“Chef Paul Choker actually got in our dining truck, took a whole Sunday, and drove out to the farms and picked the food up himself,” Gipper said. “In order to do this luncheon we had to get with these farmers and set this up in May because they are not used to someone suddenly needing 4,000 servings of something. They aren’t set up that way. This makes it very costly.”
The commitment to purchase foods from the Great Lakes region hasn’t had a large cost effect on WMU. According to Gipper, much of the food Dining Services had been purchasing prior to the Locally Sourced Initiative was already from this region.
“I can’t say right now that we have increased the number of items [purchased from the Great Lakes states] since we have implemented this program, we are just identifying them now,” she said.
Alyssa Schafer, co-chair of Students for a Sustainable Earth , is understanding of the decision to purchase from all the Great Lakes states. “Eating locally is obviously the right choice, however it can be difficult,” she said. “Michigan simply can’t grow everything.”
Foods in the dining halls that are purchased from the Great Lakes states and food items prepared from recipes containing ingredients from the Great Lakes region are labeled with the Locally Sourced Logo.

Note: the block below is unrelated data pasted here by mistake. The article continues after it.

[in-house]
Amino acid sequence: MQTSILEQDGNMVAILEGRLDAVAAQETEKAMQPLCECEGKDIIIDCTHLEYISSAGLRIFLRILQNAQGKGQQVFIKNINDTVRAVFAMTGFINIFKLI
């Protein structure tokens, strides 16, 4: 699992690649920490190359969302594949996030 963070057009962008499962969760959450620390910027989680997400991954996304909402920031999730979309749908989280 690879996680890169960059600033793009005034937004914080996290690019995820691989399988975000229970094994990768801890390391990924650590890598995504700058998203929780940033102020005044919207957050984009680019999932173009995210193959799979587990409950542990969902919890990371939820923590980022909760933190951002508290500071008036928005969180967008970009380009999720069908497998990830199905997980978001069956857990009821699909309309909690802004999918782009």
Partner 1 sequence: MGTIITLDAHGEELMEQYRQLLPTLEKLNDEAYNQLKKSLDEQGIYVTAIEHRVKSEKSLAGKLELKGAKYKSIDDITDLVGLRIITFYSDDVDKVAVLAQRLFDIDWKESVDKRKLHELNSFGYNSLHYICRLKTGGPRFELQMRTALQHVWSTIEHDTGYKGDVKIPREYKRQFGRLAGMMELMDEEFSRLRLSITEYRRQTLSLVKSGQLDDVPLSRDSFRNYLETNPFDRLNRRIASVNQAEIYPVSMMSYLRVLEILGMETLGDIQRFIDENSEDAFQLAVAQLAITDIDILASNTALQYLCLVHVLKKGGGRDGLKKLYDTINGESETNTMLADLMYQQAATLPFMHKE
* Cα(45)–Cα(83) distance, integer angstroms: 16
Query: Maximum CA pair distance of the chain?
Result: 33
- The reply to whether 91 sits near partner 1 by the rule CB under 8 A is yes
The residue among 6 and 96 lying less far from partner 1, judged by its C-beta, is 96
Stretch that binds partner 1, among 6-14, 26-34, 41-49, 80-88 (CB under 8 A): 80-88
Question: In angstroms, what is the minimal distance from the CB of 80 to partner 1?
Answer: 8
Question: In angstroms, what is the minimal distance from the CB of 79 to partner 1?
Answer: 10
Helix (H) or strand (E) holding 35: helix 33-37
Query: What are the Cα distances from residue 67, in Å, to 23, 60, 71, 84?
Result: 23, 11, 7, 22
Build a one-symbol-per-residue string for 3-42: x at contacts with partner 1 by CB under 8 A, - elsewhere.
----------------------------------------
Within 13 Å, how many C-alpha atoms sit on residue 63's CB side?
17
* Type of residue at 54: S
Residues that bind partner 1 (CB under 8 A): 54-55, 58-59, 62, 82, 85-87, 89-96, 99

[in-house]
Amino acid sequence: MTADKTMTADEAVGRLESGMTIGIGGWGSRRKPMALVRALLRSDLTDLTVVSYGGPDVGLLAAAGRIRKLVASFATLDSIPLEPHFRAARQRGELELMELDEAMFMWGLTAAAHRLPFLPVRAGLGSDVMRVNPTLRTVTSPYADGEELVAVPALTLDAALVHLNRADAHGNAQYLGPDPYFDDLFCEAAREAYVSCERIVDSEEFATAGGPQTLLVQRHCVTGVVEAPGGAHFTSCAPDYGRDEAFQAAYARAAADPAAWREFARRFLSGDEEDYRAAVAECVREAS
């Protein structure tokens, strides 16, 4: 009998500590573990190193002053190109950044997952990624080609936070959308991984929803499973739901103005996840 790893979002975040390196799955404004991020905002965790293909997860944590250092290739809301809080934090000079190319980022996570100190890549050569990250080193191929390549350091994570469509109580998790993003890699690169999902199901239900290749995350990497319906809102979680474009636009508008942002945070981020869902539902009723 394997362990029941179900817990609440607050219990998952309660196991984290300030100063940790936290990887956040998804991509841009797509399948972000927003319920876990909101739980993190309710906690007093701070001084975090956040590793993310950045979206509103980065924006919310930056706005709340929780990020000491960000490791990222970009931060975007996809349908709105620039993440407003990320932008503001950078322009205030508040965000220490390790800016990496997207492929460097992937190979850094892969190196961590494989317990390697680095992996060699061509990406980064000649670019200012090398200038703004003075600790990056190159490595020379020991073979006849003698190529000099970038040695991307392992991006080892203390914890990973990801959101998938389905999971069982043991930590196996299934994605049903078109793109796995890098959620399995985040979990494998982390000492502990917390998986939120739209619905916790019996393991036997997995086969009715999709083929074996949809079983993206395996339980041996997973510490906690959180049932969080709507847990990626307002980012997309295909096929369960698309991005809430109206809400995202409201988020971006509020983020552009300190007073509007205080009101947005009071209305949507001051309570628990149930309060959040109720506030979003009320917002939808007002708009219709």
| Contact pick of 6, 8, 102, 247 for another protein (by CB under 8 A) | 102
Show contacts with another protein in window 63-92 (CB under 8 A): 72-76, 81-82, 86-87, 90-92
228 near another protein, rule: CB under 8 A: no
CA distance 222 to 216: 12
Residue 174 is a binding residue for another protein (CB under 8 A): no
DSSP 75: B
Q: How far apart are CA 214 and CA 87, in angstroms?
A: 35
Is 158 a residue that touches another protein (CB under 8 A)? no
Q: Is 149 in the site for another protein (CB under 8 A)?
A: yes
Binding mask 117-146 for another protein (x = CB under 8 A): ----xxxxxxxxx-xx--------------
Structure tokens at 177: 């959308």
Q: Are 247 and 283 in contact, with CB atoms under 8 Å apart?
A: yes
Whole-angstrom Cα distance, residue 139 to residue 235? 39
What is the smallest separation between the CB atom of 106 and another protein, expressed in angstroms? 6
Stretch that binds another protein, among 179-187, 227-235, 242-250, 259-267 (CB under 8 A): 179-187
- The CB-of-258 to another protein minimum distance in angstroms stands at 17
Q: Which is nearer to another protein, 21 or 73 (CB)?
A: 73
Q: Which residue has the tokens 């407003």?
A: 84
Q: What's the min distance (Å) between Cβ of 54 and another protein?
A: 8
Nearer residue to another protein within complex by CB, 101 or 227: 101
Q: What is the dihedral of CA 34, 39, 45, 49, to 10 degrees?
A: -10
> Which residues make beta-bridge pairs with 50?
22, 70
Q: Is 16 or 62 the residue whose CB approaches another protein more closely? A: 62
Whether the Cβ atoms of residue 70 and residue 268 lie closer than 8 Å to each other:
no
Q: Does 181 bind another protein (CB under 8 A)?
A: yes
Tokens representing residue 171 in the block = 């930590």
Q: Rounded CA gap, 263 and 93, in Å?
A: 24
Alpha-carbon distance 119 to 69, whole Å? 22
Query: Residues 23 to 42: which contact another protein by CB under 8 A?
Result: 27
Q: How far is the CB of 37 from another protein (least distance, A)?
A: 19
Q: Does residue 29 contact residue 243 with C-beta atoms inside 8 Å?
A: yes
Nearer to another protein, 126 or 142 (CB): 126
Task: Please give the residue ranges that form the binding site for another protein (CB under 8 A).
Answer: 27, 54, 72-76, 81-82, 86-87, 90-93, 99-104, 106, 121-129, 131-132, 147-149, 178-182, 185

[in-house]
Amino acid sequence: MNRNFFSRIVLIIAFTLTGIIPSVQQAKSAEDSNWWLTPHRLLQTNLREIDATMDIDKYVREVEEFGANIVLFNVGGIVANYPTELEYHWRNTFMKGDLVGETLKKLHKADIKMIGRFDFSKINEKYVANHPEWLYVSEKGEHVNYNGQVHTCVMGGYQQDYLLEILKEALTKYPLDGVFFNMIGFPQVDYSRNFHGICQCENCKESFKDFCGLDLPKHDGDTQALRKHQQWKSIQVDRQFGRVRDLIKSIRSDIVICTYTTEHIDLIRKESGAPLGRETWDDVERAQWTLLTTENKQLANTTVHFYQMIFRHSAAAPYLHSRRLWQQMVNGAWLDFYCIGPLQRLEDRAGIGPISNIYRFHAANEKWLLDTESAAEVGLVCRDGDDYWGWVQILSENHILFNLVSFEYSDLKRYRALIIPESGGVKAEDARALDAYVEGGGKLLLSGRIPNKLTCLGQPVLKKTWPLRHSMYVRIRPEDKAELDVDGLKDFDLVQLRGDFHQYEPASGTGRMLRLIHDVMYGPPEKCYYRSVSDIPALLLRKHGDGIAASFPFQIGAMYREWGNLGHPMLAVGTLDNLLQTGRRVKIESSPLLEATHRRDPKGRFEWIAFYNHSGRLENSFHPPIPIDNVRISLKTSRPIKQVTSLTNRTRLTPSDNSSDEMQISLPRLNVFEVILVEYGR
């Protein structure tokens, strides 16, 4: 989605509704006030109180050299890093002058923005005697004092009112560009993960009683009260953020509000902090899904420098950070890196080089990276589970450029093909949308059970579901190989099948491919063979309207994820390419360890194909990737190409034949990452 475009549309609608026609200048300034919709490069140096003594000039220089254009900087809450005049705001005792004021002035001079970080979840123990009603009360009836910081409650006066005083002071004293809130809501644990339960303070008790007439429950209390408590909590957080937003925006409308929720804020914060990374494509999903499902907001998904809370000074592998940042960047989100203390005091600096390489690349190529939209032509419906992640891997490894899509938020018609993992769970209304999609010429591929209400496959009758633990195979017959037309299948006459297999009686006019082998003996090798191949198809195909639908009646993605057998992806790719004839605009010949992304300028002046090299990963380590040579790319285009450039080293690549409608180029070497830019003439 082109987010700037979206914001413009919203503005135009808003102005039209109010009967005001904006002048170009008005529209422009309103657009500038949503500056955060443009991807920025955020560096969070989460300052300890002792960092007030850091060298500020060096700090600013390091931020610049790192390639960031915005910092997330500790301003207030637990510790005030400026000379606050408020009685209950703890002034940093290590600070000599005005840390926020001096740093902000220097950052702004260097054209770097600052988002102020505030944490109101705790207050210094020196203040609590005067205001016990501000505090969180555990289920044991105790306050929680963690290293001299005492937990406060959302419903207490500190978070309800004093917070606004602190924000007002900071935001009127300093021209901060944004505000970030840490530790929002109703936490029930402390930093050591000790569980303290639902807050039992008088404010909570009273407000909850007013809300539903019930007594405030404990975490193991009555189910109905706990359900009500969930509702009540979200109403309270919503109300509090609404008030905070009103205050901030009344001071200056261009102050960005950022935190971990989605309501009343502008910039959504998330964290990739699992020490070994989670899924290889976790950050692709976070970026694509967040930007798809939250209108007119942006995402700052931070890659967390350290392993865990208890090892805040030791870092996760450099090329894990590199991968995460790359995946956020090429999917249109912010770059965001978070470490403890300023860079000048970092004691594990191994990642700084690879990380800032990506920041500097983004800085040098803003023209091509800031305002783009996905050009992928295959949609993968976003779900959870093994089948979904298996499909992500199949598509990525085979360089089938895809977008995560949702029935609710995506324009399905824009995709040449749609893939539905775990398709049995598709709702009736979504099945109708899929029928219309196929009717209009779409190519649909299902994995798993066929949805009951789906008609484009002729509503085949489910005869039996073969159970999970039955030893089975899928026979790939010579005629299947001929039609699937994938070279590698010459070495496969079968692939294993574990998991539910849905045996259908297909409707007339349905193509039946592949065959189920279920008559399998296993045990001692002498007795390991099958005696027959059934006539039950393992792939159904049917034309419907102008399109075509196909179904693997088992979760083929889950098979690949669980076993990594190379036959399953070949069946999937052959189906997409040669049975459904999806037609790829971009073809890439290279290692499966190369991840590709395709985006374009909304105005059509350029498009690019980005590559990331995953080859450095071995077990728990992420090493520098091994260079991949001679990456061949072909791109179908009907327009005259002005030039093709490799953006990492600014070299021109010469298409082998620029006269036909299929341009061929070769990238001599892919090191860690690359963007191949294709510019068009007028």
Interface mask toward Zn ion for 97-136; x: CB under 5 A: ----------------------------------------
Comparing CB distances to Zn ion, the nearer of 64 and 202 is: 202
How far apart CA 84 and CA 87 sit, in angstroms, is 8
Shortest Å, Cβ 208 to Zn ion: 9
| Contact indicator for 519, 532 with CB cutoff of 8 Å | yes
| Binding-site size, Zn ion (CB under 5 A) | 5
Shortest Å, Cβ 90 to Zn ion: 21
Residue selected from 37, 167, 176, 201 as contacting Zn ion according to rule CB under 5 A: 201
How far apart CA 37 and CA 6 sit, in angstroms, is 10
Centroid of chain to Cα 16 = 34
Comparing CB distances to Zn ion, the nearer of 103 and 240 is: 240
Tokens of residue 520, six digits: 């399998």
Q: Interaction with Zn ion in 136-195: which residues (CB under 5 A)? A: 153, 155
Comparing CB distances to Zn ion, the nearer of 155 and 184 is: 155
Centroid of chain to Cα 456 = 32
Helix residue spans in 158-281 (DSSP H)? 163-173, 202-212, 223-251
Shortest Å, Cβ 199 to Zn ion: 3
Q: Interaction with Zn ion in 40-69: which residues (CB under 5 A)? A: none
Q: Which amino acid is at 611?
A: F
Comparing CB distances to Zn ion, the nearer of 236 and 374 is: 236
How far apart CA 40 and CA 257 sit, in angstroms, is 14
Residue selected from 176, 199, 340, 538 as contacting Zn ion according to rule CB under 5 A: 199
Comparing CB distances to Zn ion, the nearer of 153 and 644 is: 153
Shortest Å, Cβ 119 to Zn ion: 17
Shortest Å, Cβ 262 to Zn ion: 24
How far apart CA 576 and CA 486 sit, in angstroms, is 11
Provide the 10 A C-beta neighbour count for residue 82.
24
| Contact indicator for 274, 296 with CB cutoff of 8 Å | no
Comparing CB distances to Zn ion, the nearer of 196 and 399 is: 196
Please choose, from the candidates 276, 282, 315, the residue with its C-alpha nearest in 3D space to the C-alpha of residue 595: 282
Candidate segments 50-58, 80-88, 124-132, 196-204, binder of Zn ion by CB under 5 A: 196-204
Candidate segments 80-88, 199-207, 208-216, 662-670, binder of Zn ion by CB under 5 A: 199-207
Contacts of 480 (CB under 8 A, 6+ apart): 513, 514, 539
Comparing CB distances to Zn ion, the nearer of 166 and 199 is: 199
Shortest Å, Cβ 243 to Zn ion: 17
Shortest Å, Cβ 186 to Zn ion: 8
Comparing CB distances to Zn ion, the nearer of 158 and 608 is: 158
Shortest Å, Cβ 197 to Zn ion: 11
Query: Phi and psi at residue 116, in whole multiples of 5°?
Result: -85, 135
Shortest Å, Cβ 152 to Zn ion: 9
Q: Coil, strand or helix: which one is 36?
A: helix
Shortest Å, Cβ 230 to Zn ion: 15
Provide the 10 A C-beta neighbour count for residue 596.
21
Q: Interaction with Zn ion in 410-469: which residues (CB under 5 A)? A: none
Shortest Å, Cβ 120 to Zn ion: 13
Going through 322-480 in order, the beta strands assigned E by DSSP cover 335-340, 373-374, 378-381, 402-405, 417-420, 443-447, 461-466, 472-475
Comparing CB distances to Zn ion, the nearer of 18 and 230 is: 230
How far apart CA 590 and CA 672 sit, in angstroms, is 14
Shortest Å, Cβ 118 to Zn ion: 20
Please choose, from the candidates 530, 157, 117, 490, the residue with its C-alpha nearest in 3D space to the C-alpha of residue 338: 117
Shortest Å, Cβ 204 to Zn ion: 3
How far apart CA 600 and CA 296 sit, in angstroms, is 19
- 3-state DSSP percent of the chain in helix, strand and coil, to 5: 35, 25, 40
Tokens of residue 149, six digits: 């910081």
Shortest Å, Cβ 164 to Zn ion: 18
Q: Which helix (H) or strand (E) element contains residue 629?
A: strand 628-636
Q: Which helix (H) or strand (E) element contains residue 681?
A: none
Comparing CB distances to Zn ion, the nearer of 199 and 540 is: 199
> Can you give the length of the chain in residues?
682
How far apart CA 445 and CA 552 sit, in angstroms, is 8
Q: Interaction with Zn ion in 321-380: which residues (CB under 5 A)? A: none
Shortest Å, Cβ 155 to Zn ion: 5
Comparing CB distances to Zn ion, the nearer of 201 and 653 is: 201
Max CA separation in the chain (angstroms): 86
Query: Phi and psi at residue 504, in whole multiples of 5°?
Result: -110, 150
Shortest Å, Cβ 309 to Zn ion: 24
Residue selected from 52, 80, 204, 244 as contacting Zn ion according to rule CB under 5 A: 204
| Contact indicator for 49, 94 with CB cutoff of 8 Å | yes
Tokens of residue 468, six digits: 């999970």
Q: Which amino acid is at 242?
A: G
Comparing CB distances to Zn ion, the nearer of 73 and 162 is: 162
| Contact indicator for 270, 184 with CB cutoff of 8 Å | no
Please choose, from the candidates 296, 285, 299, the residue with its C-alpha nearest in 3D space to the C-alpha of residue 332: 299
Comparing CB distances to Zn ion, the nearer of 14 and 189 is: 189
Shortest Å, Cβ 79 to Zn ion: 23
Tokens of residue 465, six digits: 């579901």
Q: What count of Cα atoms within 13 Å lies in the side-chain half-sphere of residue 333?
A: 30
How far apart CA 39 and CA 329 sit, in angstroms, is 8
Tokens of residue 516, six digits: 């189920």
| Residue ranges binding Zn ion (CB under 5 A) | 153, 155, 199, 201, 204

Gipper said that the Locally Sourced Initiative was the students’ idea.
“The students indicated to me through surveys and different focus groups that the concept of buying local was important to them,” Gipper said. “I am interested in what the WMU student thinks, not what some magazine tells me 20 year olds like.”
Messenger said she supports the Locally Sourced Initiative.
“When I eat foods that are helping the environment, I feel like I am helping the environment, considering that I have helped purchased some of the food,” Messenger said.
She also said that she is more likely to choose foods in the dining halls that are locally sourced.
Dining Services’ Web site has a complete list of locally sourced foods served at WMU, and there is also a poster outside of each dining hall location every week. Some of these foods include bagels purchased from Big Apple Bagels on Stadium Drive and dairy products from a local dairy in Battle Creek, Mich. Dining Services also purchases their produce products from a distributer in Niles, Mich..
The Locally Sourced Initiative is only in its beginning stages and Gipper said she is always interesting in new ideas from students to take it even further. She plans to meet with the Western Student Association in November to get their feedback and input.
Schafer encourages students to take advantage of this opportunity to eat local.
“It is important for students to make the choice to support their local economies by supporting WMU’s decision to provide local food in the dining halls.” she said.
Schafer also believes the taste is a bonus.
“The food tastes better because it’s fresh,” Schafer said. “It didn’t just ride here in a semi-truck from California.”